Beyond the stereotype

6 December 2017

In 2007, Willesden’s Ace Ruele was sentenced to eight years in prison for robbery with an imitation firearm. Fast forward to 2017, he now owns an entertainment company and has starred in a Hollywood blockbuster and much-loved TV soap opera.

“Going to prison, was a transformative experience for me”, says Ace.

“I learned to let go of the desire to live up to a particular image of being a youth from the streets to paying attention to the things I loved such as psychology, spirituality, health and fitness.”

When he was released from prison in 2012, Ace set out to make a success of his life and achieve his goals despite his criminal record and the stereotypes this can create. Ace sought the help of Access UK which is an employment service for Afro Caribbean people.

“I spoke with the founder of Access UK who helped me to develop my enterprise skills and tapped into my creative abilities to set up my own business, an entertainment agency. He had a clear understanding of the lifestyle I had lived and environment I was from, and appreciated my reasons for not wanting to pursue a nine to five role. I now believed that, even with my criminal record and history, I could still become someone of value and have a career in the field I desired.”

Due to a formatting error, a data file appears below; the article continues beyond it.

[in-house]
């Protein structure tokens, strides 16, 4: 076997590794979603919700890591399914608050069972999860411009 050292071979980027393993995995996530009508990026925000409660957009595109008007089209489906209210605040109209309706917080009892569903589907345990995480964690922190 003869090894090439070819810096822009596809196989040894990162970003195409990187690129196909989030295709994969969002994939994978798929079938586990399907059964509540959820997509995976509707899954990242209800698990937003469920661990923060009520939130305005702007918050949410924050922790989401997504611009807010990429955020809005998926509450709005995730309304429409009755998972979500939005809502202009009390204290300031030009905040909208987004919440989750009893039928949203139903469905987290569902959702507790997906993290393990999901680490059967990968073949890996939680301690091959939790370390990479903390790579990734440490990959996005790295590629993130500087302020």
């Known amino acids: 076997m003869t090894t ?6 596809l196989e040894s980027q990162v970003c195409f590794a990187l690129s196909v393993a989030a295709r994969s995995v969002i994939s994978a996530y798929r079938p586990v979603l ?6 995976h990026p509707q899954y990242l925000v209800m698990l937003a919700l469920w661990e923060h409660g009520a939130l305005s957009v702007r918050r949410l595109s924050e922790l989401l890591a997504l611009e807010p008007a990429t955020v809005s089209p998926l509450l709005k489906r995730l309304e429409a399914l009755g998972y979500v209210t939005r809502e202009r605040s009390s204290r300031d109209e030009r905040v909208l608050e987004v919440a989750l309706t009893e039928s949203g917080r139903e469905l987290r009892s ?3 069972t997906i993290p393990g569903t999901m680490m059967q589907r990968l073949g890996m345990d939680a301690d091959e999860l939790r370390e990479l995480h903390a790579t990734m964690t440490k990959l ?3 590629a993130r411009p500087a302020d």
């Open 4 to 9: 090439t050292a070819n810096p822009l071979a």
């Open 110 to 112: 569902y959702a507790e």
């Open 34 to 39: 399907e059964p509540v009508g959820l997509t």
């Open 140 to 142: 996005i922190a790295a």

Ace’s drive mixed with the support he received from Access UK led to major success - from playing Rowan in EastEnders earlier this year to starring in Hollywood blockbuster Legend of Tarzan and British film Brotherhood. In addition to his entertainment business Ace also founded the Self Success programme which works with schools, charities and youth groups to help younger generations achieve their own goals.

“Self Success is about having the ability to be totally aware and in control of your own actions and know the correct formula for achieving personal goals. The programme is designed to help individuals live up to their full potential by focusing on these keys principles.”

Speaking about what’s next for the comeback kid, Ace says: “I’m looking to write a book as well as continue to hold more workshops in schools across London. My book will be titled Beyond The Stereotype and will come with a DVD featuring interviews with 30 black men who have been involved in crime, or lived in areas affected by crime, but gone on to become successful in other areas.”